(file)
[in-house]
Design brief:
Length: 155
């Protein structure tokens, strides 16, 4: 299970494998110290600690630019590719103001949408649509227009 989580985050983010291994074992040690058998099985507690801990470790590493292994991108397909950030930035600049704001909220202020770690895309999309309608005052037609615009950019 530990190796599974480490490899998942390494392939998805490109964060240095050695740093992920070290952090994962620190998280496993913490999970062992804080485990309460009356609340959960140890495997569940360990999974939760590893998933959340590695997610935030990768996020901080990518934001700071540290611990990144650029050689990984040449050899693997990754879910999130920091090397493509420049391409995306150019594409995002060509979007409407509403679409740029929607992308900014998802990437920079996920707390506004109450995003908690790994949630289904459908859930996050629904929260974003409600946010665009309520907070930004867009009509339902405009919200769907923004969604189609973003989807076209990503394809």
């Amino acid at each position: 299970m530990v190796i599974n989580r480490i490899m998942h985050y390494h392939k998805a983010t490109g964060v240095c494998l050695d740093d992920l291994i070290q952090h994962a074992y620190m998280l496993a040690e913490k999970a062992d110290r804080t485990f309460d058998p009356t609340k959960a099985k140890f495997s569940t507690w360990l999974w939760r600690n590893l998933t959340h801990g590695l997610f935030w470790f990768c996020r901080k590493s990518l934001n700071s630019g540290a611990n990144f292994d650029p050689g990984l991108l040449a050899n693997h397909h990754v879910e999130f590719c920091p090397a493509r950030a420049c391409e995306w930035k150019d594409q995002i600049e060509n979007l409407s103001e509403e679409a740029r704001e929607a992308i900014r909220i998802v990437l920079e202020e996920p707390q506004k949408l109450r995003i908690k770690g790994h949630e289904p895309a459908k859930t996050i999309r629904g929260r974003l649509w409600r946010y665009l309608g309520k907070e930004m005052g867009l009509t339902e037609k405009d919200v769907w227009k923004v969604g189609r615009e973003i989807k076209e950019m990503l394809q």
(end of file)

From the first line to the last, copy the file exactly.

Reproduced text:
[in-house]
Design brief:
Length: 155
């Protein structure tokens, strides 16, 4: 299970494998110290600690630019590719103001949408649509227009 989580985050983010291994074992040690058998099985507690801990470790590493292994991108397909950030930035600049704001909220202020770690895309999309309608005052037609615009950019 530990190796599974480490490899998942390494392939998805490109964060240095050695740093992920070290952090994962620190998280496993913490999970062992804080485990309460009356609340959960140890495997569940360990999974939760590893998933959340590695997610935030990768996020901080990518934001700071540290611990990144650029050689990984040449050899693997990754879910999130920091090397493509420049391409995306150019594409995002060509979007409407509403679409740029929607992308900014998802990437920079996920707390506004109450995003908690790994949630289904459908859930996050629904929260974003409600946010665009309520907070930004867009009509339902405009919200769907923004969604189609973003989807076209990503394809």
């Amino acid at each position: 299970m530990v190796i599974n989580r480490i490899m998942h985050y390494h392939k998805a983010t490109g964060v240095c494998l050695d740093d992920l291994i070290q952090h994962a074992y620190m998280l496993a040690e913490k999970a062992d110290r804080t485990f309460d058998p009356t609340k959960a099985k140890f495997s569940t507690w360990l999974w939760r600690n590893l998933t959340h801990g590695l997610f935030w470790f990768c996020r901080k590493s990518l934001n700071s630019g540290a611990n990144f292994d650029p050689g990984l991108l040449a050899n693997h397909h990754v879910e999130f590719c920091p090397a493509r950030a420049c391409e995306w930035k150019d594409q995002i600049e060509n979007l409407s103001e509403e679409a740029r704001e929607a992308i900014r909220i998802v990437l920079e202020e996920p707390q506004k949408l109450r995003i908690k770690g790994h949630e289904p895309a459908k859930t996050i999309r629904g929260r974003l649509w409600r946010y665009l309608g309520k907070e930004m005052g867009l009509t339902e037609k405009d919200v769907w227009k923004v969604g189609r615009e973003i989807k076209e950019m990503l394809q």